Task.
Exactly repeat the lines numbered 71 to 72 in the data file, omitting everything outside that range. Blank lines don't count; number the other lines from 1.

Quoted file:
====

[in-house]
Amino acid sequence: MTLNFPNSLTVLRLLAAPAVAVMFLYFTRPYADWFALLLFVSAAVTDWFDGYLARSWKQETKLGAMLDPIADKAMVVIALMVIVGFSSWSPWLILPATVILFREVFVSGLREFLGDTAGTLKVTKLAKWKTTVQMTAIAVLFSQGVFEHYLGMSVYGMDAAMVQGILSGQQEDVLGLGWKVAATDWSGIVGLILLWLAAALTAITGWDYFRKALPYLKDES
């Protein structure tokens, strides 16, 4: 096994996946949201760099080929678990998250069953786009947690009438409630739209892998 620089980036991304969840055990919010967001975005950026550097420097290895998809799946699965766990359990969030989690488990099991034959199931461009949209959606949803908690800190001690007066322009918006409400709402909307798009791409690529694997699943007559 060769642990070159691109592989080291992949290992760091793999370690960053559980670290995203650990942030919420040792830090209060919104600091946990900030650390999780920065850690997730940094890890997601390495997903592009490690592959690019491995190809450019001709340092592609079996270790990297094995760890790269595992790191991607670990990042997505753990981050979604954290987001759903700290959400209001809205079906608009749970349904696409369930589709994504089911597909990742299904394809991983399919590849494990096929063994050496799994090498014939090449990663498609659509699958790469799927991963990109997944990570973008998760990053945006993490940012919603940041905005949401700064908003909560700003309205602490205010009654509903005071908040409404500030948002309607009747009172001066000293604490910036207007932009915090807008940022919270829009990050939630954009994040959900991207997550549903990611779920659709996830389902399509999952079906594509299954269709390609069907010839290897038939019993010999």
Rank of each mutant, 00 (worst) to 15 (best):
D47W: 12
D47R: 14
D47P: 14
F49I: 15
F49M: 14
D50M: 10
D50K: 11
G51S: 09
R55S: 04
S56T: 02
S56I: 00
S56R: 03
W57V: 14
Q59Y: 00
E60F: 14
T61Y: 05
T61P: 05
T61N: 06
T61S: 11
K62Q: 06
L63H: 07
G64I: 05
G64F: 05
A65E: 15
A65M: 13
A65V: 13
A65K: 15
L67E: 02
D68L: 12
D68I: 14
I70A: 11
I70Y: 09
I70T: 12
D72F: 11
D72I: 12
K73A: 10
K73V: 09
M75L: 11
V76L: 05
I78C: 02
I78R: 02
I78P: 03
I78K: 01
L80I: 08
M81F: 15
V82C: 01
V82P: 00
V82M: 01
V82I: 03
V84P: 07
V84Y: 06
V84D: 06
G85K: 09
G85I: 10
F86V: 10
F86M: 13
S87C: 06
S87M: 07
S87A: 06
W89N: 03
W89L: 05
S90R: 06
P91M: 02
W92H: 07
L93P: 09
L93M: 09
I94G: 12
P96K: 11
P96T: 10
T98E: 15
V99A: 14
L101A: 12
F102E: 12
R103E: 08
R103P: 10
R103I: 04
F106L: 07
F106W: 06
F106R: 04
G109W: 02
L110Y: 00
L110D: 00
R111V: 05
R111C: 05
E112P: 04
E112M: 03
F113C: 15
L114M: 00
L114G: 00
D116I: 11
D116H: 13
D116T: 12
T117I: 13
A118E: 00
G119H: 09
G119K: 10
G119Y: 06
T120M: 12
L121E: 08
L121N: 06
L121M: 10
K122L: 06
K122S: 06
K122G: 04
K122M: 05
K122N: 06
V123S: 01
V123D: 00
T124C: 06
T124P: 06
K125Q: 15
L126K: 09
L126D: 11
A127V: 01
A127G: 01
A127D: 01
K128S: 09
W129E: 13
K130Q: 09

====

I94G: 12
P96K: 11